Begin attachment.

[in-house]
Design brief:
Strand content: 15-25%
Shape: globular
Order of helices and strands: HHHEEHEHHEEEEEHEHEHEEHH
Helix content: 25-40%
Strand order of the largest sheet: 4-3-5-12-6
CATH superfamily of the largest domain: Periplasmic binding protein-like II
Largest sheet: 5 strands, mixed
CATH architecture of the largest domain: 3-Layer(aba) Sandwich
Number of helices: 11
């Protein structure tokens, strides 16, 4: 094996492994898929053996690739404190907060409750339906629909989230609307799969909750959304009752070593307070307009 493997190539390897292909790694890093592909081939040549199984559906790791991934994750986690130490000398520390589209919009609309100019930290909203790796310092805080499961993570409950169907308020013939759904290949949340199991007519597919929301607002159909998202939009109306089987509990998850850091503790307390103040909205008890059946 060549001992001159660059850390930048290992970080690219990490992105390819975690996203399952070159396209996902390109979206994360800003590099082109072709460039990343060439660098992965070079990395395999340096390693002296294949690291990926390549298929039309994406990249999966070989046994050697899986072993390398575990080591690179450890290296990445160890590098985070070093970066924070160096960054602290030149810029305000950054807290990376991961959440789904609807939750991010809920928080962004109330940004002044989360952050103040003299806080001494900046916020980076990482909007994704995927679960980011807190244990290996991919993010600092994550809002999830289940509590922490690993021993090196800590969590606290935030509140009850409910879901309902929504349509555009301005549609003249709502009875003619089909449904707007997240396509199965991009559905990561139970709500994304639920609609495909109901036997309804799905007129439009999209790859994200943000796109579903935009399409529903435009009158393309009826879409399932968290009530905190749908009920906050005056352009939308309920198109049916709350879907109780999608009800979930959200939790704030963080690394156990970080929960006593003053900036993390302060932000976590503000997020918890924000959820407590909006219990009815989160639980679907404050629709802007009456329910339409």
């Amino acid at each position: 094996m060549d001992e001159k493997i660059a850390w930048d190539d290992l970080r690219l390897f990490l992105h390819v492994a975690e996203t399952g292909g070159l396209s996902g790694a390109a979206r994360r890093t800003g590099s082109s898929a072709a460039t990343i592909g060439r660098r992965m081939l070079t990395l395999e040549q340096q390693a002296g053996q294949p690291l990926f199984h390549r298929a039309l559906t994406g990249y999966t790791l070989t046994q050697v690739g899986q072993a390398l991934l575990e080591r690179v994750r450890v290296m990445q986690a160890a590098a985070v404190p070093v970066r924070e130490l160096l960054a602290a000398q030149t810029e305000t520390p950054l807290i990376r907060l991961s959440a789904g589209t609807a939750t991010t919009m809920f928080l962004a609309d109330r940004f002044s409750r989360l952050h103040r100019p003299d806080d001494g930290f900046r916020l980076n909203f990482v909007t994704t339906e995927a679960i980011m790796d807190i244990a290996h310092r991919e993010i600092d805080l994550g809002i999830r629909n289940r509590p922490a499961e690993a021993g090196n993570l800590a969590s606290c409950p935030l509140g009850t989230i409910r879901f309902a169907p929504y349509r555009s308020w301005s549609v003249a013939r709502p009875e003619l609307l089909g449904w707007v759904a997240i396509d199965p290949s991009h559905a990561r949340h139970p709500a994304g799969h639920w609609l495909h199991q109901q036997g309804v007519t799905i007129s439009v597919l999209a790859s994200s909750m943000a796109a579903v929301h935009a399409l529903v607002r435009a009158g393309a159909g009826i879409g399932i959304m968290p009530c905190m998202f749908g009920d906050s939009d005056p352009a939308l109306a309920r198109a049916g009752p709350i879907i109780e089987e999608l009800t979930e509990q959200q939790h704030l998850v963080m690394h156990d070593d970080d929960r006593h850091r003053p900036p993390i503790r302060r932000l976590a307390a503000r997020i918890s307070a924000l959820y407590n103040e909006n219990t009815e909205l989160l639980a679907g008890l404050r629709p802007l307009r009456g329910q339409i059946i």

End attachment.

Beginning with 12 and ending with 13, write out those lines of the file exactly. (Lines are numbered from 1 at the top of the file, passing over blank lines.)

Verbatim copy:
């Protein structure tokens, strides 16, 4: 094996492994898929053996690739404190907060409750339906629909989230609307799969909750959304009752070593307070307009 493997190539390897292909790694890093592909081939040549199984559906790791991934994750986690130490000398520390589209919009609309100019930290909203790796310092805080499961993570409950169907308020013939759904290949949340199991007519597919929301607002159909998202939009109306089987509990998850850091503790307390103040909205008890059946 060549001992001159660059850390930048290992970080690219990490992105390819975690996203399952070159396209996902390109979206994360800003590099082109072709460039990343060439660098992965070079990395395999340096390693002296294949690291990926390549298929039309994406990249999966070989046994050697899986072993390398575990080591690179450890290296990445160890590098985070070093970066924070160096960054602290030149810029305000950054807290990376991961959440789904609807939750991010809920928080962004109330940004002044989360952050103040003299806080001494900046916020980076990482909007994704995927679960980011807190244990290996991919993010600092994550809002999830289940509590922490690993021993090196800590969590606290935030509140009850409910879901309902929504349509555009301005549609003249709502009875003619089909449904707007997240396509199965991009559905990561139970709500994304639920609609495909109901036997309804799905007129439009999209790859994200943000796109579903935009399409529903435009009158393309009826879409399932968290009530905190749908009920906050005056352009939308309920198109049916709350879907109780999608009800979930959200939790704030963080690394156990970080929960006593003053900036993390302060932000976590503000997020918890924000959820407590909006219990009815989160639980679907404050629709802007009456329910339409």
């Amino acid at each position: 094996m060549d001992e001159k493997i660059a850390w930048d190539d290992l970080r690219l390897f990490l992105h390819v492994a975690e996203t399952g292909g070159l396209s996902g790694a390109a979206r994360r890093t800003g590099s082109s898929a072709a460039t990343i592909g060439r660098r992965m081939l070079t990395l395999e040549q340096q390693a002296g053996q294949p690291l990926f199984h390549r298929a039309l559906t994406g990249y999966t790791l070989t046994q050697v690739g899986q072993a390398l991934l575990e080591r690179v994750r450890v290296m990445q986690a160890a590098a985070v404190p070093v970066r924070e130490l160096l960054a602290a000398q030149t810029e305000t520390p950054l807290i990376r907060l991961s959440a789904g589209t609807a939750t991010t919009m809920f928080l962004a609309d109330r940004f002044s409750r989360l952050h103040r100019p003299d806080d001494g930290f900046r916020l980076n909203f990482v909007t994704t339906e995927a679960i980011m790796d807190i244990a290996h310092r991919e993010i600092d805080l994550g809002i999830r629909n289940r509590p922490a499961e690993a021993g090196n993570l800590a969590s606290c409950p935030l509140g009850t989230i409910r879901f309902a169907p929504y349509r555009s308020w301005s549609v003249a013939r709502p009875e003619l609307l089909g449904w707007v759904a997240i396509d199965p290949s991009h559905a990561r949340h139970p709500a994304g799969h639920w609609l495909h199991q109901q036997g309804v007519t799905i007129s439009v597919l999209a790859s994200s909750m943000a796109a579903v929301h935009a399409l529903v607002r435009a009158g393309a159909g009826i879409g399932i959304m968290p009530c905190m998202f749908g009920d906050s939009d005056p352009a939308l109306a309920r198109a049916g009752p709350i879907i109780e089987e999608l009800t979930e509990q959200q939790h704030l998850v963080m690394h156990d070593d970080d929960r006593h850091r003053p900036p993390i503790r302060r932000l976590a307390a503000r997020i918890s307070a924000l959820y407590n103040e909006n219990t009815e909205l989160l639980a679907g008890l404050r629709p802007l307009r009456g329910q339409i059946i």